A long time ago in a galaxy far, far away…
Even if you’ve never seen a “Star Wars” film, you know the phrase.
George Lucas’ space opera is a cornerstone of the modern film industry and a cultural phenomenon around the globe. In the U.S., the 10 films in the “Star Wars” franchise have grossed more than $4.5 billion since the first one in 1977. Outside the U.S., it’s garnered more than $4.6 billion, according to Comscore.
While “Star Wars” was an instant sensation with American audiences, there’s one place it hasn’t quite had the same success — China.
“The original ‘Star Wars’ trilogy wasn’t shown in China,” said Paul Dergarabedian, senior analyst at Comscore. “So, while a lot of people around the world were having their formative cinematic experience within that ‘Star Wars’ universe, in China that just wasn’t happening.”
China’s strict ban on Western cultural influences meant that the only films shown in the country were produced by the government. So, “A New Hope,” “The Empire Strikes Back” and “Return of the Jedi” were also not shown in cinemas there.
“In 1977, when the first ‘Star Wars’ was released, China was still at the tail end of the Cultural Revolution,” said Michael Berry, UCLA professor of contemporary Chinese literature, Chinese cinema and popular culture in modern China. “So, they were watching model operas and propagandist films about socialism and workers and peasants and soldiers. And so, it was a very, very different universe.”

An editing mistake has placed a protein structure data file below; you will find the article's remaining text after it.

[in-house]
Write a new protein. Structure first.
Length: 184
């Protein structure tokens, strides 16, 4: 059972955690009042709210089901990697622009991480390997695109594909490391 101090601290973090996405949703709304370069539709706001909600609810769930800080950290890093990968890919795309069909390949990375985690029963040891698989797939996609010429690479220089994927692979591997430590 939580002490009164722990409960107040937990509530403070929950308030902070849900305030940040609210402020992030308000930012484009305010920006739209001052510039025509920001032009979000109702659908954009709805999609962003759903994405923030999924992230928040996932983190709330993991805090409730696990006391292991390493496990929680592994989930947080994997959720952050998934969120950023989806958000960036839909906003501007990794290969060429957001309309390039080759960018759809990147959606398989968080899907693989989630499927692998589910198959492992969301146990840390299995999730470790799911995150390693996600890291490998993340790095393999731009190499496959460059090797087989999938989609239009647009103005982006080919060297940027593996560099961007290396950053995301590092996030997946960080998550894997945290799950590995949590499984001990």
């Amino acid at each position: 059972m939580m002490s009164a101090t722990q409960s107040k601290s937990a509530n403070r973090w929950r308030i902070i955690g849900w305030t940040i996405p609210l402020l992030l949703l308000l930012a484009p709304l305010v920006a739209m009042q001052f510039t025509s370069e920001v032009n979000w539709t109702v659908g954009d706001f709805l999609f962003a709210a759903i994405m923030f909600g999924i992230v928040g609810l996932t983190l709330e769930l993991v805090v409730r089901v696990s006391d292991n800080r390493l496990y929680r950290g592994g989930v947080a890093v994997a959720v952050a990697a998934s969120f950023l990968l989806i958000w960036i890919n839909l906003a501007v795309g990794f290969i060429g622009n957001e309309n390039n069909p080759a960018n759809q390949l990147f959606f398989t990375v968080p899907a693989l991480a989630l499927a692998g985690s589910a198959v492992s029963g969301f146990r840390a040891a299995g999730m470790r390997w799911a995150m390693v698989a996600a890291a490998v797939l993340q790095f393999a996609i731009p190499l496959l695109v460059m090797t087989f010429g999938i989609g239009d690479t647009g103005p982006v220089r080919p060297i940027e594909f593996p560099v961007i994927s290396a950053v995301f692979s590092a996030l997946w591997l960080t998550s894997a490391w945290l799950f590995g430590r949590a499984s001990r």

“If you want to talk about a galaxy far, far away, that was it,” he said.
It wasn’t until decades later, when creator George Lucas decided to revisit the Skywalker saga that China had relaxed its restriction on foreign films and allowed a designated number into the country.
However, without a connection to the original “Star Wars” saga, ticket sales in China for prequels were extremely anemic. “The Phantom Menace” earned $4.1 million. “Attack of the Clones,” released in 2002, earned $5.4 million and 2005’s “Revenge of the Sith” garnered around $9.1 million.
In the U.S. the three films hauled in more than $1.1 billion, according to Comscore.
Lucasfilm, Lucas’ company, was purchased in 2012 by Disney. Since then, company has sought to connect Chinese audiences with the iconic franchise. However, the disconnect remains, as sequel films have had limited resonance with moviegoers in the country.
Future trilogies that are in the works could do better as these new stories won’t be linked to the old canon and, therefore, could be more enticing to Chinese audiences.
“I think Chinese audiences are building up an appreciation for [the sci-fi] genre,” Berry said. “So, I definitely think there is an opportunity for [Disney] to succeed, but I think they just have to do it on their own merits. They can’t count on the brand name, per se, as much as American audiences.”